The gap - expected to soar as high as $1.2 billion - appears to be widening, giving rise to the first serious discussion about a Marcellus Shale gas drilling tax since Corbett, long a staunch opponent of such a tax, took office in 2011.
"In some ways, this will be a long month, in some ways an ugly month," said Steve Miskin, a spokesman for House Republican leaders. "Especially in a year when funding is limited, and the wants are increasing."
Since the start of the year, monthly revenue has been below projections, which Corbett and the legislature agree will likely translate to a $1.2 billion deficit for next year.
That could endanger promises by the governor of additional funding for schools statewide - including Philadelphia - made during his February address in which he announced his $29.4 billion spending plan.
"The goal here has to be a balanced, reasonable, and responsible budget," said Jay Pagni, Corbett's spokesman. "The fiscal picture presents a challenge that collectively we must address, but tough decisions will have to be made."
Adding to the pressure in the Capitol - where many lawmakers and the governor are reluctant to spend more on Philadelphia - is the latest crisis in the Philadelphia School District. The debate came to a head last week when the School Reform Commission agreed to reject a budget with deep cuts to city schools.
Overall, the state's deep budget hole and limited interest in sending popular programs to the chopping block in an election year have left lawmakers and the governor scrambling to find new revenue in the most palatable places.
"Our first approach is a spending plan that matches available revenues," said Senate Majority Leader Dominic Pileggi (R., Delaware). "If that product doesn't gain sufficient support, a look at additional revenues might be necessary."
20 to 30 ideas
Pileggi said his caucus was looking at 20 to 30 revenue-generating ideas, among them a gas drilling extraction tax that could produce hundreds of millions for schools and other programs.
Sen. Vincent Hughes of Philadelphia, the ranking Democrat on the Senate Appropriations Committee, said his proposal for a 5 percent extraction tax would initially generate $350 million for public education statewide and grow over time.
"There is clearly a need for additional funding," he said, "and taxing drilling in the Marcellus Shale is the best option for finding those dollars. It is also important to note that there is a growing bipartisan consensus that taxing shale is the best way to generate new funding for public education."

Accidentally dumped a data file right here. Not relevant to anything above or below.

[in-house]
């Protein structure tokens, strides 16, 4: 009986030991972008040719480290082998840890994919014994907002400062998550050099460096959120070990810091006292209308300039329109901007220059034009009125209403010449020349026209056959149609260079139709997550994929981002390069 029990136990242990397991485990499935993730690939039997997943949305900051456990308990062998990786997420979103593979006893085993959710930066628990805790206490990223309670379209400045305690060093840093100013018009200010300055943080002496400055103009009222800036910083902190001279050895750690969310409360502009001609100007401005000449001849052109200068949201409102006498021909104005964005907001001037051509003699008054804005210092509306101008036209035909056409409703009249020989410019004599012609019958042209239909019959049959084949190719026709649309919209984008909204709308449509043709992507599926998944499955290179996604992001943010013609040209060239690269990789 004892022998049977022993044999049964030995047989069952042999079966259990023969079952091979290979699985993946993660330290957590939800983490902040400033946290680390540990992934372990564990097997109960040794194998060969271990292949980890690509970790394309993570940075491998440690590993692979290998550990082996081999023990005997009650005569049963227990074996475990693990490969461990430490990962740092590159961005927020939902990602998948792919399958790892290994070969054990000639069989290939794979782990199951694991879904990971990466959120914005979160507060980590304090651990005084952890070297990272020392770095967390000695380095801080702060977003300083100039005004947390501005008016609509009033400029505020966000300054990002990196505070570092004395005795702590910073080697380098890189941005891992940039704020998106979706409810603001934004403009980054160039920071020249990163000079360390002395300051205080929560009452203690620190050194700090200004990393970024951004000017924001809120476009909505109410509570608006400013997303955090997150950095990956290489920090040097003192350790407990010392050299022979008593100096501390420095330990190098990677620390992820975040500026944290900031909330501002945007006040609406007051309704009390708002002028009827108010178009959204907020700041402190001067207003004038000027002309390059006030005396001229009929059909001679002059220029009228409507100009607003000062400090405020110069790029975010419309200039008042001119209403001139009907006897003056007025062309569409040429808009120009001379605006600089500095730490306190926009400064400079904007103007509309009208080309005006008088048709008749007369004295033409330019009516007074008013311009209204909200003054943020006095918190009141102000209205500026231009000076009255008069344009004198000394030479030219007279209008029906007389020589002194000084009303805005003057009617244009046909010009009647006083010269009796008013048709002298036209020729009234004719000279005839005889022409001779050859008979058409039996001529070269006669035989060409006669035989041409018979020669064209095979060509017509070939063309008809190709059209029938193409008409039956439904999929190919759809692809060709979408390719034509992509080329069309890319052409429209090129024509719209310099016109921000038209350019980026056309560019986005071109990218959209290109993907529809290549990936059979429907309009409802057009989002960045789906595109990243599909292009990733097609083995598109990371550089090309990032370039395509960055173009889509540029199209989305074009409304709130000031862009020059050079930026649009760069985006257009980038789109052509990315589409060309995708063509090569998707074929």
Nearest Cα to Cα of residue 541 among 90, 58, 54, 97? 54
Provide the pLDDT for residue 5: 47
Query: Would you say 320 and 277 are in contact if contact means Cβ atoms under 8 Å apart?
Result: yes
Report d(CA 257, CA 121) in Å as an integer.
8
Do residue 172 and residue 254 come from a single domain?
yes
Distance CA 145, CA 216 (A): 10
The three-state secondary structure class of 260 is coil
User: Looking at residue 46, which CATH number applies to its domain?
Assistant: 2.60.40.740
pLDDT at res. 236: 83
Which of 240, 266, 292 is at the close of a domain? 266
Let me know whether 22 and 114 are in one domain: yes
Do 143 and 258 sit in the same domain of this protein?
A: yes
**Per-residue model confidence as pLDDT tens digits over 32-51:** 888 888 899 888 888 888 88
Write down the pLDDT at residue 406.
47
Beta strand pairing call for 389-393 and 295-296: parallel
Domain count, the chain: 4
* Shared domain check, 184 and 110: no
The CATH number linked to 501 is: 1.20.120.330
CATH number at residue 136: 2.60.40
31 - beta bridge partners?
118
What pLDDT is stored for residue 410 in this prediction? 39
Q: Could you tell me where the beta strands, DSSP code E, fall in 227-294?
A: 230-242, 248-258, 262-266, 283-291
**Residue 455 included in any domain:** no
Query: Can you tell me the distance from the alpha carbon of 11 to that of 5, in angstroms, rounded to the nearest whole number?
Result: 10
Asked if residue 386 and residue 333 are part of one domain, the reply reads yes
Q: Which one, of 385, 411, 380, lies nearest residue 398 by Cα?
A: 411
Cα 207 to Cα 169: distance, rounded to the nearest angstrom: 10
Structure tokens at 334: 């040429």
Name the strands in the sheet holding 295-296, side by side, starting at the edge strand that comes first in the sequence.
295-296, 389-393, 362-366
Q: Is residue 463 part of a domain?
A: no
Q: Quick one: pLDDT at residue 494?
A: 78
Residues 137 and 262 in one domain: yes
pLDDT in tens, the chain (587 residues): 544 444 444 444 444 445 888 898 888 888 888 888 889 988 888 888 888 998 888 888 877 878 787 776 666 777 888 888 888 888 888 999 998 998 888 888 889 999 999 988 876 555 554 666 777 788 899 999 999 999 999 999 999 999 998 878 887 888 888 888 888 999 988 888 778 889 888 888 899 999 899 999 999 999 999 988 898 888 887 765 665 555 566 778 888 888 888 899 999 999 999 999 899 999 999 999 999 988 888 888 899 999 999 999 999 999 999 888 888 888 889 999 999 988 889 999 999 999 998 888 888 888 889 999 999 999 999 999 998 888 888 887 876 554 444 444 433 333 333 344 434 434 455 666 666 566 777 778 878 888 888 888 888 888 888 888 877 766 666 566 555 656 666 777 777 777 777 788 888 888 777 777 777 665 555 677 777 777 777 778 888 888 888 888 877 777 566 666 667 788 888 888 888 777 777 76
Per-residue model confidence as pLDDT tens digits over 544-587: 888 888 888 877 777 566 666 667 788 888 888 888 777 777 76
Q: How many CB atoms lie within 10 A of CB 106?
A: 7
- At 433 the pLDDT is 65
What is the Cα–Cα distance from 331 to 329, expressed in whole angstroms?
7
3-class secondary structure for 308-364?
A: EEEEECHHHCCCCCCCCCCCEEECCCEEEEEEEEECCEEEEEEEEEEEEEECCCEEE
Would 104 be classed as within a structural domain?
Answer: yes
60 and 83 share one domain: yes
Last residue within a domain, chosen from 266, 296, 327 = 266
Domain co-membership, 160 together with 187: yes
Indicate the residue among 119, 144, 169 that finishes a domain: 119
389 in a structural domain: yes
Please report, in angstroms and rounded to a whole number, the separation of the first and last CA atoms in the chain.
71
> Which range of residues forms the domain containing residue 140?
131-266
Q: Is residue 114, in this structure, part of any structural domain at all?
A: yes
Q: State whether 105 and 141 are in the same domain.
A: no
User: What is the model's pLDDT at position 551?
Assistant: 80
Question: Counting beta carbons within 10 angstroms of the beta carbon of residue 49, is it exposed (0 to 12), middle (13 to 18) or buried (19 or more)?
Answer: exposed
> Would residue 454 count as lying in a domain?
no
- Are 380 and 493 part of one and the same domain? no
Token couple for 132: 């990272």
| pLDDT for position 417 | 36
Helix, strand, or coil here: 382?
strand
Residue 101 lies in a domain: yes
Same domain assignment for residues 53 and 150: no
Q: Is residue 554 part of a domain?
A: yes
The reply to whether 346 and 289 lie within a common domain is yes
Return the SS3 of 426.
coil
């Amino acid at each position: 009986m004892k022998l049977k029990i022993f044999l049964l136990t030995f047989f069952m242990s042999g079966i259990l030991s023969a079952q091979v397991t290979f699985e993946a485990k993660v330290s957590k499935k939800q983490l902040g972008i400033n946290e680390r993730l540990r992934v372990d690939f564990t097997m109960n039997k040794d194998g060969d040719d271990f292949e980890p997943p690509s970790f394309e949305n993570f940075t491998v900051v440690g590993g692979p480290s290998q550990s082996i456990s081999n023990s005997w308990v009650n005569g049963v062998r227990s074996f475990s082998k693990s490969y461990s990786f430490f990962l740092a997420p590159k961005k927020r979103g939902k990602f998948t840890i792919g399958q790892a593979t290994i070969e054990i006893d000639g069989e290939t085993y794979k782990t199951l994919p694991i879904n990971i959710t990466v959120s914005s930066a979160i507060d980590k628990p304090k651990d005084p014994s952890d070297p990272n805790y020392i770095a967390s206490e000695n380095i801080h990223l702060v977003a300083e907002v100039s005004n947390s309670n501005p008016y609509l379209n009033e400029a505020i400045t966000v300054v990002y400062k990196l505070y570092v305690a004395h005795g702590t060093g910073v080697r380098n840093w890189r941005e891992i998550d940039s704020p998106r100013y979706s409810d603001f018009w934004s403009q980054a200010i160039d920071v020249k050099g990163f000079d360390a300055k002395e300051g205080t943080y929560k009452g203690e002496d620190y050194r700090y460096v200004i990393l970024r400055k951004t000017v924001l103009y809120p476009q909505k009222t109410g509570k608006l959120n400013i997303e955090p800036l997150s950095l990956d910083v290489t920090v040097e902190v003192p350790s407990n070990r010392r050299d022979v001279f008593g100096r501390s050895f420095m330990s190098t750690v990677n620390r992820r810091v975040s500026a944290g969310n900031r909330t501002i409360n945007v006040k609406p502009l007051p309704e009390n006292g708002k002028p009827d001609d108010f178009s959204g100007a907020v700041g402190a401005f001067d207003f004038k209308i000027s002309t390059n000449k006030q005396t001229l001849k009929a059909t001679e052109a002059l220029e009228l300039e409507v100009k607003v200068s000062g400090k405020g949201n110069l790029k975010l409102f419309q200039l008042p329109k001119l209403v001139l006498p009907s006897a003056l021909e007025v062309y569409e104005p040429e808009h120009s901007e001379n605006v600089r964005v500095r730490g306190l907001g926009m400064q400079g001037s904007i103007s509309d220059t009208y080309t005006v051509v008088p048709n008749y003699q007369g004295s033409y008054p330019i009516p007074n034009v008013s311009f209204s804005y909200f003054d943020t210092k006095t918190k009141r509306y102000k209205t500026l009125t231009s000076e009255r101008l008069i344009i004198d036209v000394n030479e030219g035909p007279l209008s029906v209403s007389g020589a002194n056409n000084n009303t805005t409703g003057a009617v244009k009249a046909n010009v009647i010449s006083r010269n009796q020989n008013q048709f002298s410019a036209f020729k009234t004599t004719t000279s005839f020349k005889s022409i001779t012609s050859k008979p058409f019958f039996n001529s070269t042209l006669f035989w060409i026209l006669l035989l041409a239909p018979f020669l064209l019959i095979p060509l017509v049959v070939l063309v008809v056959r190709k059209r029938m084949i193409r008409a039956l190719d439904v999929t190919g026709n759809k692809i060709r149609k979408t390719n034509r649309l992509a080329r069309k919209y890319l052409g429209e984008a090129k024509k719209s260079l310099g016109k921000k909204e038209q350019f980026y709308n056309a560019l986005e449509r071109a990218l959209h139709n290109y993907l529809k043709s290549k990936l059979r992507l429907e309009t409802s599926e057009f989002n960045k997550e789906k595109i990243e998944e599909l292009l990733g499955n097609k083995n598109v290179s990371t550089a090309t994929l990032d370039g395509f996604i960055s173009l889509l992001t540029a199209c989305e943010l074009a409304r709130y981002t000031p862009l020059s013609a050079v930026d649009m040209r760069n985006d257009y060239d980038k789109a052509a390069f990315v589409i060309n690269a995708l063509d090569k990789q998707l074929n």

Corbett is looking for savings on state and school employee pensions, but the General Assembly has yet to agree on such a plan. The governor also last week issued a controversial executive order to lift a moratorium on gas drilling on existing leased properties in state forests in order to generate $75 million for state coffers.
House Republicans are pushing the Senate to act on a bill it passed last year to sell the state-owned liquor-store system, which could generate $1 billion. Pileggi would say only that the majority had reached no decision on any plan involving liquor sales.
Democrats also want to raise the cigarette tax, tax smokeless tobacco, and freeze business tax cuts.
The commonwealth got good news in one category: Unemployment last month fell to 5.7 percent, the lowest rate since September 2008 and six-tenths of a percentage point below the national rate of 6.3 percent.
But the fact more people are employed is not yet translating to additional tax revenue, legislative leaders said.
Add to that the election-year quandary facing Corbett, all 203 members of the House, and half the 50-member Senate. Few want to be seen as responsible for cuts. Fewer want to invite the label "tax-and-spend lawmaker" in November.
"They face the ultimate dilemma, cutting popular programs in an environment where voters don't want programs cut," said Terry Madonna, pollster and political analyst at Franklin and Marshall College.
"Politically, there is not a lawmaker who wants to have the narrative this summer be cuts to school districts, and for Gov. Corbett that's even more lethal."